Drew was eventually traded to the Yankees and was not given much of a chance to play consistently as his struggles simply moved down the coast. Besides the offensive downturn, Drew was also being asked to play an entirely new position, second base. Drew ended the season with a slash line that could drive a player out of baseball – .162/.267/.299 in 300 plate appearances.

But, Drew has a track record, one which does not spell out superstar, but rather maintains respectable offensive numbers for a middle infielder. After the 2013 season, in which Drew was an important component to the Red Sox World Series championship team, the 32-year-old carried a .264/.329/.435 line in just under 4,000 plate appearances. He owned 162-game averages of 17 home runs and 72 RBI. He hit .253/.333/.433 for the Red Sox with 13 homers and 67 RBI in 2013 which is darn close to those averages.

Monday, April 13, 2015

Yankees remain a mystery one week into season

The New York Yankees have completed their first week of the regular season and the results have been inconsistent to say the least. Their 2-4 record puts them in last place in the American League East as they begin a 10-game road trip Monday.

There is just as much evidence pointing to that being a good reflection of the club’s future as there is that the record is an aberration.

The Yankees began the season with several question marks, none of which could be answered in a week, but we can investigate where they are heading at the present time.

Saturday, April 11, 2015

The numbers inside 19-inning Yankees/Red Sox game

The New York Yankees and the Boston Red Sox began the first game of their three-game series in the Bronx just after 7 p.m. EST and over seven hours later the visitors hung on to a 6-5 victory.

The game had a little bit of everything you could imagine in the course of 19 innings – good pitching, timely hitting, errors, misplays, bad base-running, lighting issues, terrible home plate officiating, game-tying homers, elation and anguish.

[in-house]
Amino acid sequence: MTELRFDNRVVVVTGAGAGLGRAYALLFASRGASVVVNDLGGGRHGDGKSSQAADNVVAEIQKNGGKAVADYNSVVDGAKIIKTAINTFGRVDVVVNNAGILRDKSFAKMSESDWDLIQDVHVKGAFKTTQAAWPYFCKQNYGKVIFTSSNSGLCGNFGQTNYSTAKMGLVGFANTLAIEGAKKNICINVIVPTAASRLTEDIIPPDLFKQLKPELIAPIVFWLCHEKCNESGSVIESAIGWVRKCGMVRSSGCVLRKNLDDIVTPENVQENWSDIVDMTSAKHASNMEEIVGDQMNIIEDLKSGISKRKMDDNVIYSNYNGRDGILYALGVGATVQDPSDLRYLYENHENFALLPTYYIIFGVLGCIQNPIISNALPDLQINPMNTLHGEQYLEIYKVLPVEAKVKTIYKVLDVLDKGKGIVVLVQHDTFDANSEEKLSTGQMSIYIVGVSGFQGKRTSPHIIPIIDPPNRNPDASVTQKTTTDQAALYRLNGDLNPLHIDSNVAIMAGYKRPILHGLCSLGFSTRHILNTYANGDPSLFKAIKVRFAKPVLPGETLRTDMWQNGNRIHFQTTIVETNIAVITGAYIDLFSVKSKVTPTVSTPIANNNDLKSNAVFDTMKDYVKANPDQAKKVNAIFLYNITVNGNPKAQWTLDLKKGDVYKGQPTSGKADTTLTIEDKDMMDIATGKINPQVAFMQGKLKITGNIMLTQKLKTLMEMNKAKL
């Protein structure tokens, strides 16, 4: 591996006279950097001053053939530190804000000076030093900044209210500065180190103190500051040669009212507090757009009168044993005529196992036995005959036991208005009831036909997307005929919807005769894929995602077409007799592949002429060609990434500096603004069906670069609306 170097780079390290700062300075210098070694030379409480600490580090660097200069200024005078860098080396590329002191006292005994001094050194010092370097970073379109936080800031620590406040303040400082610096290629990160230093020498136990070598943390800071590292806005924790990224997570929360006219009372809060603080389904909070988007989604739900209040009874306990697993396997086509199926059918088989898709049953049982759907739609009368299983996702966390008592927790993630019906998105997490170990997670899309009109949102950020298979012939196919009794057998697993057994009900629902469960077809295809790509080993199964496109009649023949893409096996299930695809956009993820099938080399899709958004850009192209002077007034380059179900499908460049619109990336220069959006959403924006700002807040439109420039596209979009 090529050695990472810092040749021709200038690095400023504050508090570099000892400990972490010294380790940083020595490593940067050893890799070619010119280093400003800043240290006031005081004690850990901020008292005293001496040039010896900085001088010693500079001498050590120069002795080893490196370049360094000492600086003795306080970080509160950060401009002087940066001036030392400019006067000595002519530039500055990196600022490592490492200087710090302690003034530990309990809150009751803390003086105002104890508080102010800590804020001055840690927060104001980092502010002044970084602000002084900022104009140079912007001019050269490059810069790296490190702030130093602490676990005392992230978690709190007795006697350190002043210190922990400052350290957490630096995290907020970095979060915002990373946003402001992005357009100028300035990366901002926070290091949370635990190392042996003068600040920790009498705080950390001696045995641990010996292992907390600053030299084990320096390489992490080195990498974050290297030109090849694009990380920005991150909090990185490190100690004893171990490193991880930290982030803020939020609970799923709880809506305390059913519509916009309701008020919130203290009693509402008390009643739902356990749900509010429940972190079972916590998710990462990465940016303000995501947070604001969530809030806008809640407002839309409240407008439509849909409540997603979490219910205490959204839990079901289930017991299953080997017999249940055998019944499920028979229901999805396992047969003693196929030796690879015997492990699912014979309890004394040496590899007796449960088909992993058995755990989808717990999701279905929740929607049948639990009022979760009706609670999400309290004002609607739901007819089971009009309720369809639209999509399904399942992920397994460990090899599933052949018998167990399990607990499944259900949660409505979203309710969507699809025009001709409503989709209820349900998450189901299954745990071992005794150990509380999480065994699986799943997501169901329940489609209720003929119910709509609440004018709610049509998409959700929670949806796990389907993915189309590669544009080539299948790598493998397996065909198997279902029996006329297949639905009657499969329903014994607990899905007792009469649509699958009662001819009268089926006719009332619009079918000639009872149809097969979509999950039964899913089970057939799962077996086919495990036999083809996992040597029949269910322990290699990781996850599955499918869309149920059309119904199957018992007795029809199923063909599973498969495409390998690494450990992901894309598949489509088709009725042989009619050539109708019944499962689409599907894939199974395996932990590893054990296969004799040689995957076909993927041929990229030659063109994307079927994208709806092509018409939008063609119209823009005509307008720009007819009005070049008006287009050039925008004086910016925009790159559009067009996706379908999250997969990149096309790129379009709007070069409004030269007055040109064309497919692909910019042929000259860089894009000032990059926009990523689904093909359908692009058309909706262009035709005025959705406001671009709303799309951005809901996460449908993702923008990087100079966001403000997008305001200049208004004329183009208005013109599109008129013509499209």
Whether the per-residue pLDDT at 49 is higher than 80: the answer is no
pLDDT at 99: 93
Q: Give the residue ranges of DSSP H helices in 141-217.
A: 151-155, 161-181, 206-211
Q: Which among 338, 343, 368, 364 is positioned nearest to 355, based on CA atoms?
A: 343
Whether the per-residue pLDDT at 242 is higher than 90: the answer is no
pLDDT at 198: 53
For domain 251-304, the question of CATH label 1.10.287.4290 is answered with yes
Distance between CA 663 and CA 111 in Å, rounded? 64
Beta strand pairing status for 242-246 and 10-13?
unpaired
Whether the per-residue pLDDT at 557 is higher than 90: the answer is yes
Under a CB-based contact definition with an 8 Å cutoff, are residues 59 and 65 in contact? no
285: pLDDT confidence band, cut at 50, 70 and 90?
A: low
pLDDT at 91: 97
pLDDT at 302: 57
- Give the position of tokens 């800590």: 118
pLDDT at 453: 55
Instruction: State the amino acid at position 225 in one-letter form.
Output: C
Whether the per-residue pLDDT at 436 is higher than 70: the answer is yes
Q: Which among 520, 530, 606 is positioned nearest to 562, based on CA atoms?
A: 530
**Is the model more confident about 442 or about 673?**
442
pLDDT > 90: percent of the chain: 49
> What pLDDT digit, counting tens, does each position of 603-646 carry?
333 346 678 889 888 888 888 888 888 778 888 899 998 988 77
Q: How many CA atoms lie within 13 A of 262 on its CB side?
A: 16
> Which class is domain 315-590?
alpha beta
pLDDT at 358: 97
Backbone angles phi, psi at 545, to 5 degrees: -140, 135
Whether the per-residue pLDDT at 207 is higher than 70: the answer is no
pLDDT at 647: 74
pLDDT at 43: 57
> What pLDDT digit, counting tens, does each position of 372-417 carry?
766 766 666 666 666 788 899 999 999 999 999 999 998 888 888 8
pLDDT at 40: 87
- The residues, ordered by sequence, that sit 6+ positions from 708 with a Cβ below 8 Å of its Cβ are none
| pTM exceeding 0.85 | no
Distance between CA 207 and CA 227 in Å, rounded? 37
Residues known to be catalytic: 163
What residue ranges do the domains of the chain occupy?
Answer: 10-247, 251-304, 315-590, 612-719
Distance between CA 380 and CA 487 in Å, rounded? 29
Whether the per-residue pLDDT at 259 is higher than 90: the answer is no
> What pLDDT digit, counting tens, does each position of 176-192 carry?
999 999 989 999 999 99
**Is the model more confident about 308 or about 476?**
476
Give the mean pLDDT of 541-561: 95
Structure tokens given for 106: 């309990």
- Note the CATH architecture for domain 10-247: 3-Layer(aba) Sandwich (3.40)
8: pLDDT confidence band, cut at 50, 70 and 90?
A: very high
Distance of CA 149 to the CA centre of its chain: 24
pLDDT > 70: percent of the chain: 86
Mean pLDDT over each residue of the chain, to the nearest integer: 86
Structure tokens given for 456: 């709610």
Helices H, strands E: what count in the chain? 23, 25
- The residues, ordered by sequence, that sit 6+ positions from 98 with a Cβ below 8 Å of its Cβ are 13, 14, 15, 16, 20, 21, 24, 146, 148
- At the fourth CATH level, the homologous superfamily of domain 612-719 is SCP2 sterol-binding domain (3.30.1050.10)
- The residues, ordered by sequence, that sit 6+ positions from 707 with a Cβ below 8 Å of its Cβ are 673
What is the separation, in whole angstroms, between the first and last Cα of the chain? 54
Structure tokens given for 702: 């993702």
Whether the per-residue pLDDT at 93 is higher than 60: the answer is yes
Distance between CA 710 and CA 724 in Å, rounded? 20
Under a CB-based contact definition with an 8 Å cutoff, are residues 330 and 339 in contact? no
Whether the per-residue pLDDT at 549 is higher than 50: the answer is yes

Let’s break down what went down with a tribute to the numbers 1-19:

Friday, April 10, 2015

Defensive shifts hurting Yankees’ defense too


The New York Yankees lost 6-3 to the Toronto Blue Jays Thursday, as a four-run second inning by the visitors proved too much to overcome. CC Sabathia pitched in his first game since last May and while the score indicates otherwise, his performance leaves me with some optimism for the remainder of the season where it concerns the big lefty.

What’s troubling, besides an anemic offense which we’ll get to later, is the Yankees unrelenting and unhelpful deployment of the defensive shift. We’ve seen firsthand how the shift can eliminate plenty of hits with Mark Teixeira and Brian McCann drilling ball after ball into it. However, when the Yankees put the shift on it doesn’t seem to work as often as it's beaten.

There are a number of reasons why this could be the case. One, it could be fluky, where the number of data points are still too small to pass complete judgment. Another possibility is the Yankees infielders are not exactly in the right position for the batter. The analytics provide teams a spotted view of where most of the player’s batted balls land, but there has to be someone showing the fielder where it is best to play and more importantly the player has to be in the right position knowing his range. Finally, the potential exists that the Yankees are employing the shift against too many players.